A fanatic is what you could call me, a die-hard Lord of the Rings marathon watching maniac. Imagine my enthusiasm the morning my new Scottish friends and I are about to go on an epic journey into the hellish gates of Mordor, better known as the Tongariro Crossing.
Luckily for us the tramp was more like a journey into heaven. To clarify, a tramp is a trek or a hike and it is the only word one would describe a good walk in New Zealand.
The Tongariro Crossing
Of course we weren’t actually heading into Mordor, we were about to tramp the Tongariro Crossing inside Tongariro National park which is the biggest of New Zealand’s national parks. Although looking at the steep volcanic mountain to climb we can see the eerie resemblance.
This 19.4 kilometer journey put our endurance and physical shape to the test. The constant beer drinking, Ferburger burger eating and ice cream licking couldn’t have helped us make this tramp a little easier.
We went in the New Zealand summer time and the weather was great. The weather can change rapidly on this tramp so it is always advisable to bring a rain jacket in the summer along with some warm layers. Although the weather was great there I still had to use my warm fleece and rain jacket once we reached the higher altitudes.
I wouldn’t dare make the trip in the New Zealand winter although people do make this cold and snowy tramp.
Tongariro Northern Circuit
The start of the tramp is pretty mellow for about the first hour then you start to climb and you notice a change from lush green vegetation to dry dessert like plants that can only survive the harsh climate. The landscape is mostly rock as we reach the gates of Mordor.
Mount Doom (Mount Ngauruhoe)
This red and black volcano portrays Mordor and Mount Doom perfectly and once we are standing at the bottom looking up at the top we know why Peter Jackson chose this to be Mount Doom and Mordor.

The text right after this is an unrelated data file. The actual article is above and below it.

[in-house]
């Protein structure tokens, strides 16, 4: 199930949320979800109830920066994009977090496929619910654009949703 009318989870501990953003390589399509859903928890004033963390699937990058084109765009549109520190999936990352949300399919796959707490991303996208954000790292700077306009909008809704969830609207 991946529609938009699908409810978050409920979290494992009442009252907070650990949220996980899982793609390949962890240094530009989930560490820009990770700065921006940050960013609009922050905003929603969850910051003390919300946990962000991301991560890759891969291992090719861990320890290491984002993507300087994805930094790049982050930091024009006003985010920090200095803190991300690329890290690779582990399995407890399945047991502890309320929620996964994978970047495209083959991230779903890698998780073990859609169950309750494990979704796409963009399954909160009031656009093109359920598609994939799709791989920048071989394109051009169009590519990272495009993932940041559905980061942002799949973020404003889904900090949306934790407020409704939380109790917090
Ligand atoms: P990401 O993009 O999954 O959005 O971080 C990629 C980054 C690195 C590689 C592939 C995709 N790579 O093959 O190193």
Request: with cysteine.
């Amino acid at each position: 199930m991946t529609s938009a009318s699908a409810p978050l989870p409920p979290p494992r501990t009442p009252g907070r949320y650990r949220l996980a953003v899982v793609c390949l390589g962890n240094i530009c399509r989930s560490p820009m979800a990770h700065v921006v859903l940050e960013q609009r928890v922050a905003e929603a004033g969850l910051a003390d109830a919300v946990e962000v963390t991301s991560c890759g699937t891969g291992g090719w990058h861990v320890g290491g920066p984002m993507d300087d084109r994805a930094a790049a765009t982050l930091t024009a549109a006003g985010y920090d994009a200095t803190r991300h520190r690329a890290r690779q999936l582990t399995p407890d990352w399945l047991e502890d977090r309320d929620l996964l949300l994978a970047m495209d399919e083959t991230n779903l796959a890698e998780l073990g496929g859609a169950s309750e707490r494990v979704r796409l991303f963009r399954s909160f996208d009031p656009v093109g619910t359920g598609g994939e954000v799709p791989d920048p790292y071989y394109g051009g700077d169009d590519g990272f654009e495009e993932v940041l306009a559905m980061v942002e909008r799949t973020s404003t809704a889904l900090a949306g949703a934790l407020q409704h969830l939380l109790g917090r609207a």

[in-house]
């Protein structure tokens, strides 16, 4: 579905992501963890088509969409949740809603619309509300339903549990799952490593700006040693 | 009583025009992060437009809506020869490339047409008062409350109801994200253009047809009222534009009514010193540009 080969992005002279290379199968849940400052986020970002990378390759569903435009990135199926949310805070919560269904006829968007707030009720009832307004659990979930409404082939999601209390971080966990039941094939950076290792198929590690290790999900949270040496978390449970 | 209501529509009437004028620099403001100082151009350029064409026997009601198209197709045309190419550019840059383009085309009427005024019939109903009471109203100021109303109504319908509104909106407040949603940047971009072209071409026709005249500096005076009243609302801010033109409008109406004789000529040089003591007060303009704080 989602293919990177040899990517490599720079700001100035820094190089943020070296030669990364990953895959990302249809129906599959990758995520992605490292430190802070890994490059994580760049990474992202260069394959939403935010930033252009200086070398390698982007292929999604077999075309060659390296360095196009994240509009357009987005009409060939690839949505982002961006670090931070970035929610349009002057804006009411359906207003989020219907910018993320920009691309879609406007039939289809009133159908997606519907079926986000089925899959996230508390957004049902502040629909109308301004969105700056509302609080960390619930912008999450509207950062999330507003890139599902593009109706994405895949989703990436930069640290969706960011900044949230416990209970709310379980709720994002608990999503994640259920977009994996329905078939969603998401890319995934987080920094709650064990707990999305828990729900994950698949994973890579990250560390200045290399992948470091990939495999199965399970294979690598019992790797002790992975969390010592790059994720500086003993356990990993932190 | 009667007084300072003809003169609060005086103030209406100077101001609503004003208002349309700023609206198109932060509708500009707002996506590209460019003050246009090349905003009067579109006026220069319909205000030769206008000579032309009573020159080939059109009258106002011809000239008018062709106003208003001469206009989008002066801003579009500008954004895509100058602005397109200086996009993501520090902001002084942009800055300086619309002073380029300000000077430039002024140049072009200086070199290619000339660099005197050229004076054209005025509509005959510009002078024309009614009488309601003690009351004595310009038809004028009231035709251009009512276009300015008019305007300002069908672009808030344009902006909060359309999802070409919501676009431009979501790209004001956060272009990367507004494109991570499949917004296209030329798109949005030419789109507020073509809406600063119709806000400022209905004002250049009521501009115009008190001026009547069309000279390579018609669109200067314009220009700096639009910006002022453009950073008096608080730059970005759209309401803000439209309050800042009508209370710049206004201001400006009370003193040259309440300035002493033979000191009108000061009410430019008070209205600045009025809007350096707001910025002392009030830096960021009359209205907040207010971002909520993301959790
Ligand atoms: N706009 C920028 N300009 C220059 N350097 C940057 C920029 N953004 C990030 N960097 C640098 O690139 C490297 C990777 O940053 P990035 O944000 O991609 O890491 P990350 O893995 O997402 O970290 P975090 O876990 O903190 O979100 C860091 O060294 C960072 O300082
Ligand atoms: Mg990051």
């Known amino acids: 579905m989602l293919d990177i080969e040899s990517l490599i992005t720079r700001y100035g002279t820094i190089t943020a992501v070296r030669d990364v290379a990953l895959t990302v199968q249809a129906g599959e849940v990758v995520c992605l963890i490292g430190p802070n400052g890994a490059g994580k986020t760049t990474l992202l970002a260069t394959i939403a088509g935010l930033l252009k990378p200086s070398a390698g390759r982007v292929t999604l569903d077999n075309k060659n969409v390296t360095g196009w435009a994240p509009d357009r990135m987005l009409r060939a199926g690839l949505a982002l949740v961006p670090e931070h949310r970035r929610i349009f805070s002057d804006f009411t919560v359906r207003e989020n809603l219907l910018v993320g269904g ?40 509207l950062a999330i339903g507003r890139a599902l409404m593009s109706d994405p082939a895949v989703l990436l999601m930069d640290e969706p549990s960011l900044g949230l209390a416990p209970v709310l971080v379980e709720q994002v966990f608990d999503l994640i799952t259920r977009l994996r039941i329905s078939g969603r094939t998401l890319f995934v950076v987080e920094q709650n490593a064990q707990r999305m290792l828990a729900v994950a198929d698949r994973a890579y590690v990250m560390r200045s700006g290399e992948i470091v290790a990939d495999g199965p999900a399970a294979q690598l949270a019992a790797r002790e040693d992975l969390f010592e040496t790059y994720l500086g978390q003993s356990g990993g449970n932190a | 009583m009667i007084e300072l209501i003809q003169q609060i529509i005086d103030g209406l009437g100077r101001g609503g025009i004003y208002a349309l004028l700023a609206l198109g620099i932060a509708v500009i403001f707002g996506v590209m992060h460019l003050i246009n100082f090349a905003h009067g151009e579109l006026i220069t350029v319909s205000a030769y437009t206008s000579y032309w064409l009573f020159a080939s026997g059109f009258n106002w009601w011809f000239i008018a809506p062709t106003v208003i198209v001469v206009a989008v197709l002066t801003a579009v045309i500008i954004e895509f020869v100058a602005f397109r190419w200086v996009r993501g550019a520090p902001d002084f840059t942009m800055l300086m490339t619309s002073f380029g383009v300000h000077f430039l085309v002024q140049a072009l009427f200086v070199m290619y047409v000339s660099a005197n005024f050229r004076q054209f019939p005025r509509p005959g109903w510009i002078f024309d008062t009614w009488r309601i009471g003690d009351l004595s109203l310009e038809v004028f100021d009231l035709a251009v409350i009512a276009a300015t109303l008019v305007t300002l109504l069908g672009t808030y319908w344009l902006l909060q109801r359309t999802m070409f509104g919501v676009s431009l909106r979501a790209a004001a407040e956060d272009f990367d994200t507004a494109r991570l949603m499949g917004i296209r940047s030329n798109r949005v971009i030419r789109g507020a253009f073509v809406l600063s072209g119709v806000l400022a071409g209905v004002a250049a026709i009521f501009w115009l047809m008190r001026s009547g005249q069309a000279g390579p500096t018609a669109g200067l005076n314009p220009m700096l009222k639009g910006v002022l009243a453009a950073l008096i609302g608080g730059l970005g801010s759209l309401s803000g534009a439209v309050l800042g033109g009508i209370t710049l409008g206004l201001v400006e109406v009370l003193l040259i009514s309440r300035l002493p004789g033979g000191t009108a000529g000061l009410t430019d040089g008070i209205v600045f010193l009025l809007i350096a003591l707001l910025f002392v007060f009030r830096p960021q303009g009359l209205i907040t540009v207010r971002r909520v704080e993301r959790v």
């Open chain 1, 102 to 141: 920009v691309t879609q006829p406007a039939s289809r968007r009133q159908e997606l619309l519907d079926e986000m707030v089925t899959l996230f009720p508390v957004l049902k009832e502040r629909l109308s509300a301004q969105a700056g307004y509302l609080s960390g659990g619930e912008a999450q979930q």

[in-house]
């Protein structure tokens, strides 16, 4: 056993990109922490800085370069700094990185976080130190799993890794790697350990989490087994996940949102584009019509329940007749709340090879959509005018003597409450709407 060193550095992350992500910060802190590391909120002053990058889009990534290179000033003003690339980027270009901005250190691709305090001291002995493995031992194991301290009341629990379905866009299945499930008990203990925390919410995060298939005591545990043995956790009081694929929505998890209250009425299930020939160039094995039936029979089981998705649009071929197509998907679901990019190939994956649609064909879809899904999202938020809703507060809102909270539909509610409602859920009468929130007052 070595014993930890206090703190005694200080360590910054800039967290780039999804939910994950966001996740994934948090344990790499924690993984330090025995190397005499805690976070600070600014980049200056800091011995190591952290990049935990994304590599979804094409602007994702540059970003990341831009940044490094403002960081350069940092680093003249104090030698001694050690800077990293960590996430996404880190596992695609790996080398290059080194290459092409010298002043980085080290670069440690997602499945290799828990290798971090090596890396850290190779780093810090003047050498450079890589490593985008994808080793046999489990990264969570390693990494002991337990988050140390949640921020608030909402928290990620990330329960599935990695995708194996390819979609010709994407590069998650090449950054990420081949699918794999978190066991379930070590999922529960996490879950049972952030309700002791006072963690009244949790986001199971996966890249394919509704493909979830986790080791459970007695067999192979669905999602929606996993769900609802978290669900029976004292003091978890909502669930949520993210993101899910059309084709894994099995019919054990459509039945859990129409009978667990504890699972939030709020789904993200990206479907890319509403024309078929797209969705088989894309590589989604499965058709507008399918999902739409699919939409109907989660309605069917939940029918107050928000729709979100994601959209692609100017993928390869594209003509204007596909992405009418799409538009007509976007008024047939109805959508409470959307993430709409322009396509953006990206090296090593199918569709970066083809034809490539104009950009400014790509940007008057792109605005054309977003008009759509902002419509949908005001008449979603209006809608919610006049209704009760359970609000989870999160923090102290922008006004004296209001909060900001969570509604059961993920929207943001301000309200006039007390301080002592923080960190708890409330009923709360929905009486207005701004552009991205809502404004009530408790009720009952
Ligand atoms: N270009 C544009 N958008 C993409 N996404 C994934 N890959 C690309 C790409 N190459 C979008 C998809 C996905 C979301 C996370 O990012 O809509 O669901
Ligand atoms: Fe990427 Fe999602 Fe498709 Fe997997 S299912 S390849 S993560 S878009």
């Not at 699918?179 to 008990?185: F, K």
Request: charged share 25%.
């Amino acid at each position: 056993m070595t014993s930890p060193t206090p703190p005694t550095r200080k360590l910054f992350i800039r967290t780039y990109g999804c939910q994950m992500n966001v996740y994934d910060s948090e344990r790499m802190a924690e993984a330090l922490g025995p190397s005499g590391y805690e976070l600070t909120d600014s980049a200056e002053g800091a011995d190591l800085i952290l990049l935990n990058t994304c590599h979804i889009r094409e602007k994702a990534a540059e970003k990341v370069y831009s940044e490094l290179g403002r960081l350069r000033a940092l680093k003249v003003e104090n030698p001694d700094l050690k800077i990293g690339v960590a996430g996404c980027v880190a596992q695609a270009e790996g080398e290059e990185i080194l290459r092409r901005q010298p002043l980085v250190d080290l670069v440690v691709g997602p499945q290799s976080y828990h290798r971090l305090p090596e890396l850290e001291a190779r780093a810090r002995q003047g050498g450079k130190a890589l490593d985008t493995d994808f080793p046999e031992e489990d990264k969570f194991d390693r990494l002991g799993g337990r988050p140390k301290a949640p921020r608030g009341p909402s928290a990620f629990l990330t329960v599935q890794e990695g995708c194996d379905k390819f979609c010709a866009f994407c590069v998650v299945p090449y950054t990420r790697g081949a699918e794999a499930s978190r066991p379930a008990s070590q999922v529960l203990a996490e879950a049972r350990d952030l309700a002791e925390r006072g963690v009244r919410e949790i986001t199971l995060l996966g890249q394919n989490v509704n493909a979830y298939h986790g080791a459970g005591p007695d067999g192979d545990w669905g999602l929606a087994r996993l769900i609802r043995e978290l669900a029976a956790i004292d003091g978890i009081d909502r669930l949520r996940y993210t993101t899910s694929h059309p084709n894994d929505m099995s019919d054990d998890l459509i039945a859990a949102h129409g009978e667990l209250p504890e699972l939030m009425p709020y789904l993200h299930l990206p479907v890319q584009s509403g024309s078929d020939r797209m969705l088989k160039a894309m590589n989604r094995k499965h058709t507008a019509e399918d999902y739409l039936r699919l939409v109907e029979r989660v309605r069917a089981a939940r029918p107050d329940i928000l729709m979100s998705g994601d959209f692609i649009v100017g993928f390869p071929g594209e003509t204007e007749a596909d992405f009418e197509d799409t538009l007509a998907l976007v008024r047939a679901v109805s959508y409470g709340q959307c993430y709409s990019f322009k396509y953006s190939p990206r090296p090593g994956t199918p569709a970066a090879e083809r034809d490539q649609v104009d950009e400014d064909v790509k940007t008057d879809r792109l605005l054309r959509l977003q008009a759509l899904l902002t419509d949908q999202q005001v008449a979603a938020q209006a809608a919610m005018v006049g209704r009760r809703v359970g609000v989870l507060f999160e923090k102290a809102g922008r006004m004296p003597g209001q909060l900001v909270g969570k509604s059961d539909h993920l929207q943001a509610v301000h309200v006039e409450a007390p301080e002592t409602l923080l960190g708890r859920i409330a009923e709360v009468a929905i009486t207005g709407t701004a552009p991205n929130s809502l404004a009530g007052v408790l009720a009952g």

Only one of us was brave enough to make his way up to the top through the loose volcanic sand and it wasn’t me. Lewy was the one that took the ring up Mount Doom so Jerr and I could rest at the bottom and prepare for the 6 hour tramp ahead of us.
The Devils Staircase
Knowing that we are about to go up against the devils staircase Jeremy and I made the wise but regrettable decision of not climbing Mount Doom. We climb from 1400 meters to 1600 meters above sea level and the views are spectacular.
We take the short side trail to the South Crater for a well-earned rest.
South Crater to Red Crater
From south crater to red crater you feel like you are a different planet. The tramping becomes increasingly difficult due to the loose scoria rock that slips beneath our boots.
We enjoy amazing views of the emerald lakes, Rangipo Desert, Oturere Valley and the Kaimanawa Ranges.
Red Crater to Blue Lake
A slight smell of sulphur is in the air as we pass by the old lava flow from Red Crater.
Blue lake is a sacred lake that gets it colours from the rich minerals in the area. By this time we are exhausted and looking forward to some downhill tramping but at the same time we don’t want to leave this magical place. However we do have to leave as the sun will be setting soon and we need to make it to the bottom.
Blue Lake to Ketetahi Shelter
We are now immersed in the clouds and I can feel the moister in my bones. Being in the clouds is like being in heaven with views like this of Lake Rotoaira.
The landscape changes once again rapidly as we make our descent. First there are signs of more life with the dry sweeping grass that blows in the brisk wind.
Before we reach the bottom we pass through a green forest with ferns and a thick tree canopy.
To this day, hiking, oops I mean tramping through the Tongariro Crossing has been the best hike I have ever done and I always consider moving to New Zealand. Experiencing the journey with two great new friends from Scotland made the trip even better. We move on to eat more Ferburger, drink more beers and tramp on throughout New Zealand traveling in our spaceship van.
Author: Jason caught the travel bug after taking his first backpacking trip to Fiji, New Zealand and Australia. He enjoys meeting new people and outdoor adventures.
Images – all images belong to the author.